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University of California

Feb 2010
The University of California, San Francisco, has given Carl Zeiss MicroImaging GmbH a license to commercialize a superresolution microscopy technique developed by scientists at the university. Called structured illumination microscopy, the method combines a special illumination pattern with state-of-the-art computational image analysis to produce images with up to double the resolution in all three spatial directions in comparison to those taken with conventional microscopes. The agreement grants the company the right to integrate the technique into its microscope systems.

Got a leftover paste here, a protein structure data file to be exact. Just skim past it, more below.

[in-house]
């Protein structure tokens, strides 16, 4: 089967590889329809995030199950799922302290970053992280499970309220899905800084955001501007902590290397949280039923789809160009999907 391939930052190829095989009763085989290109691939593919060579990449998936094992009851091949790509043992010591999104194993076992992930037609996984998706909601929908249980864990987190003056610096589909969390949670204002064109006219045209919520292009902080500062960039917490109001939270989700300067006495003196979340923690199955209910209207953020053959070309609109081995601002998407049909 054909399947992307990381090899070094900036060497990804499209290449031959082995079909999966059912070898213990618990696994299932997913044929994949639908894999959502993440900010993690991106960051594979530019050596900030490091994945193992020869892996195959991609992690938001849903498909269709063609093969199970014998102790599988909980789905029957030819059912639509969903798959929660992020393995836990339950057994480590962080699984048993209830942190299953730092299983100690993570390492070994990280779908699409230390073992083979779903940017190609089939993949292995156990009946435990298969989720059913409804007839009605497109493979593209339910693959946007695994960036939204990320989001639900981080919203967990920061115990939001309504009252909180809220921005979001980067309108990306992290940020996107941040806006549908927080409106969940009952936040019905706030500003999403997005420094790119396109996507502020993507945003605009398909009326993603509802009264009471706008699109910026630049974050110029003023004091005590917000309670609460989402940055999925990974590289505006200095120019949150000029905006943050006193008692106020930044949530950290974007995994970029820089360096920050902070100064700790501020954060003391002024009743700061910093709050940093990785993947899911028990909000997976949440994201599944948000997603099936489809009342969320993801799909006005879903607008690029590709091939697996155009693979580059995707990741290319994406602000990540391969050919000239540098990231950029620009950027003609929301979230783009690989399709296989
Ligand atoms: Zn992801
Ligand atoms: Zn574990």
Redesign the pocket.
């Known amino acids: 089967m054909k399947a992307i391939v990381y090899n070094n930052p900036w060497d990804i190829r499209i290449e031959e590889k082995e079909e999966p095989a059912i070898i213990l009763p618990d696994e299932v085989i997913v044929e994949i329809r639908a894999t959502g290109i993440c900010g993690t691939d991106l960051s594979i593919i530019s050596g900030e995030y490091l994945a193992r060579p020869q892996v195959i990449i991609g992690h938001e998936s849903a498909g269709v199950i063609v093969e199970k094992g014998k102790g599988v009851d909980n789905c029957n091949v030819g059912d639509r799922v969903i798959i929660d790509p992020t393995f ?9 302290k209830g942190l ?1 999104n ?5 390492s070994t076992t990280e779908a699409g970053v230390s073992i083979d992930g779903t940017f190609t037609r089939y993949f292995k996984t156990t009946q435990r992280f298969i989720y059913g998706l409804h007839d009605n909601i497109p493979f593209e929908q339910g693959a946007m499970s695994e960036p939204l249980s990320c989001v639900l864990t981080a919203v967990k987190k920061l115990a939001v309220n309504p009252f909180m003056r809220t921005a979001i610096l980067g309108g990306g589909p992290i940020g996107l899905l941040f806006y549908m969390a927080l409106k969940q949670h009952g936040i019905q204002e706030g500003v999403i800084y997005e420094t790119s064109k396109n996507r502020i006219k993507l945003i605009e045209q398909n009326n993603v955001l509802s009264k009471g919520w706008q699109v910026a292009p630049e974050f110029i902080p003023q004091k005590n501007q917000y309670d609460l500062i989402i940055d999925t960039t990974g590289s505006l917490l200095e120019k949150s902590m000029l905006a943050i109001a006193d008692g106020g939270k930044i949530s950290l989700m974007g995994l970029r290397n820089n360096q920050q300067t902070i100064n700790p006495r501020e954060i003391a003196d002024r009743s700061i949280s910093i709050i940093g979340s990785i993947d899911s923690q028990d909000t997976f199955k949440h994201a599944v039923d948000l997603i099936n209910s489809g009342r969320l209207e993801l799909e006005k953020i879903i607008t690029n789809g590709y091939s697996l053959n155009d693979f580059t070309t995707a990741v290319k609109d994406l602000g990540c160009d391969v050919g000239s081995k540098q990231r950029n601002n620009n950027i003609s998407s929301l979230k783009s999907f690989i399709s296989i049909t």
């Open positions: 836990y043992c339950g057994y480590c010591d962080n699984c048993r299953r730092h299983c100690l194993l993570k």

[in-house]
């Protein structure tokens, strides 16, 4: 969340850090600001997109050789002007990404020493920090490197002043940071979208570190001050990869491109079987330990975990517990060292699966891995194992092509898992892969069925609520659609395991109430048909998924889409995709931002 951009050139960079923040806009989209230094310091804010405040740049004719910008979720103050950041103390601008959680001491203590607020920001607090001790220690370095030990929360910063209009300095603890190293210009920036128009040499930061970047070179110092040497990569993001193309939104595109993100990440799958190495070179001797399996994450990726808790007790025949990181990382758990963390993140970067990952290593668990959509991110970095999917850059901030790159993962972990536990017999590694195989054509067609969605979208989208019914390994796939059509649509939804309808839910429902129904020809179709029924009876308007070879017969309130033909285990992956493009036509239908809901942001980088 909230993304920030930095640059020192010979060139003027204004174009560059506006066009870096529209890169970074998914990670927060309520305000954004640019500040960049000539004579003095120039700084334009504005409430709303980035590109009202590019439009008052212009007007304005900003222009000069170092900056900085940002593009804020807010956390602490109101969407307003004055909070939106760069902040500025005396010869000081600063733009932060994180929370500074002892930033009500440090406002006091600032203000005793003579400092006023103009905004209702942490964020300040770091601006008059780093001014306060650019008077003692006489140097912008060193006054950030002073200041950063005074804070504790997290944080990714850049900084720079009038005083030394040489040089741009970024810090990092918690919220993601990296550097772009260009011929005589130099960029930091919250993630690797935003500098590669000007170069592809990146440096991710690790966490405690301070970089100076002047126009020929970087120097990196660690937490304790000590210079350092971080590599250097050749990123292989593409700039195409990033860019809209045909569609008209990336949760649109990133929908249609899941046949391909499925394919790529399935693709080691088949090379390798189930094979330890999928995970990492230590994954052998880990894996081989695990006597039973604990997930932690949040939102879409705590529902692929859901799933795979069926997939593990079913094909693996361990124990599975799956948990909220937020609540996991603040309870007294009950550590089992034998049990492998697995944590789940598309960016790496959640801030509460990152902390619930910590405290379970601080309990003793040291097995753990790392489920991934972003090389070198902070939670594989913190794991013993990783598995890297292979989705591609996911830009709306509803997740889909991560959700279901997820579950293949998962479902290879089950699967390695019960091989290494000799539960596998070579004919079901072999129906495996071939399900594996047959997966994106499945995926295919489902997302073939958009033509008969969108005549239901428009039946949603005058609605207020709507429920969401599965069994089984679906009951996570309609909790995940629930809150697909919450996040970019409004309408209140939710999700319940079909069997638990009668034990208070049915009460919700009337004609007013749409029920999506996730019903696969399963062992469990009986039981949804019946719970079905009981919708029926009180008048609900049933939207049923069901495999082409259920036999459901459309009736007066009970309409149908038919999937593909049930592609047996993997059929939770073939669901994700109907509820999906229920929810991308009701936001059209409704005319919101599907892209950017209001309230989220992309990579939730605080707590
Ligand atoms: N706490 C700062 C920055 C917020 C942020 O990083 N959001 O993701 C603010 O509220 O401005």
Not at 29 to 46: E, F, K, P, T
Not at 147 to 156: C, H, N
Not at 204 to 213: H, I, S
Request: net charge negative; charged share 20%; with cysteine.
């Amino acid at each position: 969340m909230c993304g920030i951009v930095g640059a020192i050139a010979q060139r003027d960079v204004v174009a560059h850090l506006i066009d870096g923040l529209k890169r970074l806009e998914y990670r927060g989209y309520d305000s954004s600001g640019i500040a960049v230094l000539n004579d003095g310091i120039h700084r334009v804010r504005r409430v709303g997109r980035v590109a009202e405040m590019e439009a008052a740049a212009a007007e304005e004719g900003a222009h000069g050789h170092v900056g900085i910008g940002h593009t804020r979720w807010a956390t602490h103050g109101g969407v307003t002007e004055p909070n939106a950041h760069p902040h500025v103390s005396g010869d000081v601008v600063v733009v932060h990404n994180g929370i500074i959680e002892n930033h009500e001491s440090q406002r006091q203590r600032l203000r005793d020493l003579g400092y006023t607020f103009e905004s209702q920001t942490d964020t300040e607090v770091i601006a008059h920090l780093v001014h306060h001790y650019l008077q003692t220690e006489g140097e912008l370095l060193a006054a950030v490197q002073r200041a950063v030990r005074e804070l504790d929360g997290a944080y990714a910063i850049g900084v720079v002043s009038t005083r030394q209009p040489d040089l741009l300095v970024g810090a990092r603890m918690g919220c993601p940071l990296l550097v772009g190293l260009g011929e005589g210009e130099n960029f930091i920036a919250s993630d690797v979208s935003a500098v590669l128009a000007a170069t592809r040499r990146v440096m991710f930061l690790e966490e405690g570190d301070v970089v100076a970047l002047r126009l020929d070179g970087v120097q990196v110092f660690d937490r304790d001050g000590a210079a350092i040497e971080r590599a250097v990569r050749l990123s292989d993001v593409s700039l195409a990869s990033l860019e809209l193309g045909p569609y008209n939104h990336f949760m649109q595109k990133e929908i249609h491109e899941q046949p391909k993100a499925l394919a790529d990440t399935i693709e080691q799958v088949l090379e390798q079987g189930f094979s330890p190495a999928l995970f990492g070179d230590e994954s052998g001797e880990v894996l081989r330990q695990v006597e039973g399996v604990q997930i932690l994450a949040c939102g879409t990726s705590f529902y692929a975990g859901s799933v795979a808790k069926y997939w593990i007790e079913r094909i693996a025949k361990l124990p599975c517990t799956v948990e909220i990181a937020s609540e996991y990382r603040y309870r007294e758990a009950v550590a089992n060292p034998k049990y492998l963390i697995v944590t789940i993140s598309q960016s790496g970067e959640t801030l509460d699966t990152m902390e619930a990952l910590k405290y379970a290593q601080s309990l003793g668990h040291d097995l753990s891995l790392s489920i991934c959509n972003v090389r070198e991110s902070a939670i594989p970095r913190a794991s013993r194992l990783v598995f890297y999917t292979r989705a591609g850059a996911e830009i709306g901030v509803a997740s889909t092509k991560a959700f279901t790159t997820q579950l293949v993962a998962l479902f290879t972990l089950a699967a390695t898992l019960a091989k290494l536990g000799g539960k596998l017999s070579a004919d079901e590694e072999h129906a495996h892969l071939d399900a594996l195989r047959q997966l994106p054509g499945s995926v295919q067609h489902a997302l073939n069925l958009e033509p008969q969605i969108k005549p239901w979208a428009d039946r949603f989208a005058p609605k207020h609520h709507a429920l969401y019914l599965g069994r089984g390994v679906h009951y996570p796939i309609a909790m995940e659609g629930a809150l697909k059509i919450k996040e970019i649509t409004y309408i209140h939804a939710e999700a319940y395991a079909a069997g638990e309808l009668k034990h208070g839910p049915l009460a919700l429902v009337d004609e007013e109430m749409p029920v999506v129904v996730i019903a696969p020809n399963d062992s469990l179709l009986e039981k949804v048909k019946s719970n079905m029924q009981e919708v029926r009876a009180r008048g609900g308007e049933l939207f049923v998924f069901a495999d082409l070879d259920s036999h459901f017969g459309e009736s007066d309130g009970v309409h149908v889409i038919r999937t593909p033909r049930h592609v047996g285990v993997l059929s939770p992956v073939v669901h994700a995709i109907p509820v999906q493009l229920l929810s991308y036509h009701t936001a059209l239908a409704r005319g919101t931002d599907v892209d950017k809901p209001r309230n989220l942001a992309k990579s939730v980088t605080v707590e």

The general term for the application of light to a subject. It should not be used in place of the specific quantity illuminance.
An instrument consisting essentially of a tube 160 mm long, with an objective lens at the distant end and an eyepiece at the near end. The objective forms a real aerial image of the object in the focal plane of the eyepiece where it is observed by the eye. The overall magnifying power is equal to the linear magnification of the objective multiplied by the magnifying power of the eyepiece. The eyepiece can be replaced by a film to photograph the primary image, or a positive or negative relay...
A combination of components arranged so as to perform at least one function.
BiophotonicsBusinessCarl ZeissCarl Zeiss MicroImagingilluminationImage AnalysisimagingmicroscopeMicroscopyopticsRapidScanspatialStructured Illuminatino Microscopysuperresolutionsuperresolution microscopysystemUniversity of California

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